The Weather

The weather rarely achieves fame, yet occasionally it sways the course of History, perhaps no more so than the Russian winter of 1942-43. At this time, during the siege of Stalingrad, daily temperatures reached -35C. Hitler had anticipated a quicker conclusion to his campaign in the East and, as a consequence, his troops were ill prepared for such a climate. As the harsh winter set in the German army suffered heavily. The Volga then froze over, allowing the better equipped Red Army to more readily re-supply it’s beleagued city. Eventually, the siege of Stalingrad was broken and on February 2nd 1943 the German forces surrended.

I apologise for the history lesson but I find it useful to appreciate the scale of the temperature I will have to face on the Antarctic continent. During the summer, at McMurdo base, near the edge of the continent, the temperature varies between -4C and -10C. As one proceeds inland, up onto the polar plateau, the temperature steadily drops to a somewhat chilly -30C to -40C at the South Pole. These are average temperatures, if you factor in the odd blizzard, of which there are many, and the accompanying wind chill then it gets a little more interesting.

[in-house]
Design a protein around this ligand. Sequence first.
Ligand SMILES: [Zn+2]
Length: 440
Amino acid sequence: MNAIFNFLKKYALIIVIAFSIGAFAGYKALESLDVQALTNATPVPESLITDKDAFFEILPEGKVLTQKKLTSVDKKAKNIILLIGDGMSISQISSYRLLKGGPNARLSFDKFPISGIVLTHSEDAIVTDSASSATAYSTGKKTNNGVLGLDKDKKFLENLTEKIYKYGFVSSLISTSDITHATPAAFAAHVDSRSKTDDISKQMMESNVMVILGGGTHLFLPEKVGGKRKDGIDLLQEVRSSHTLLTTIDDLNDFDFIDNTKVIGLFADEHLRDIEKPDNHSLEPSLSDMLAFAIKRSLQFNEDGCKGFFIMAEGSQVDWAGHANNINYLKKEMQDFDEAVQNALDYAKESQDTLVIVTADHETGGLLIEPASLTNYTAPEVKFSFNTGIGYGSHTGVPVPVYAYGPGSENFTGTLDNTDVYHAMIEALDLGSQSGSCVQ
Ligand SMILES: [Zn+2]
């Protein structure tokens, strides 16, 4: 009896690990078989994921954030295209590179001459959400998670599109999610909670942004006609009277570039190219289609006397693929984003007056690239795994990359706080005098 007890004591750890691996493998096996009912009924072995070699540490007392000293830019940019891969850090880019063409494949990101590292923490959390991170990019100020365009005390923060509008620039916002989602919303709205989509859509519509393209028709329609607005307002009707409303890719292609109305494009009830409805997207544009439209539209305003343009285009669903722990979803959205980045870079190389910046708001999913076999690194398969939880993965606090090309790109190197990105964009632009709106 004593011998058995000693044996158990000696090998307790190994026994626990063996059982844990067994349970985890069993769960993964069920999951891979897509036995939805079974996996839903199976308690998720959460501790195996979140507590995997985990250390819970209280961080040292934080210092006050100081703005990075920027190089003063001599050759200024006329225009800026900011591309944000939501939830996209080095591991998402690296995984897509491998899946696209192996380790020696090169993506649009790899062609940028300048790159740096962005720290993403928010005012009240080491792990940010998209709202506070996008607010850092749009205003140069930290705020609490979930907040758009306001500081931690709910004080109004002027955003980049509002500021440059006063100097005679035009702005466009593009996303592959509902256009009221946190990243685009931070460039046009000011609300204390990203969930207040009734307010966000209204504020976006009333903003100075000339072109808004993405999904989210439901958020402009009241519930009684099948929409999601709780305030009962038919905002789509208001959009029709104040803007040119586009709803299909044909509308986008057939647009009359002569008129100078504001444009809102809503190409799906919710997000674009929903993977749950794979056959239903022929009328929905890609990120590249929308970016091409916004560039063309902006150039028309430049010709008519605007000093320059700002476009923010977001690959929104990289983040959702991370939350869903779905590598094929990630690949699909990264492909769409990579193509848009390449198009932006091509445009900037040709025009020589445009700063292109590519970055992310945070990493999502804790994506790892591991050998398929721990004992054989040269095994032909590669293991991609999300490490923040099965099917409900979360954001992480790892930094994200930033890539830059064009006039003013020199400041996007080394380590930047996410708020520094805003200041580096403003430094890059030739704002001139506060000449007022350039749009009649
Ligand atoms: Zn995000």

So knowing that I will soon be spending 60 days in a climate comparable to a famous Russian winter is, well, making me a little apprehensive…which is probably a good thing to be honest as I doubt there is any room for complacency on this trip!

For a quick look at the weather at the South Pole pop over to here.

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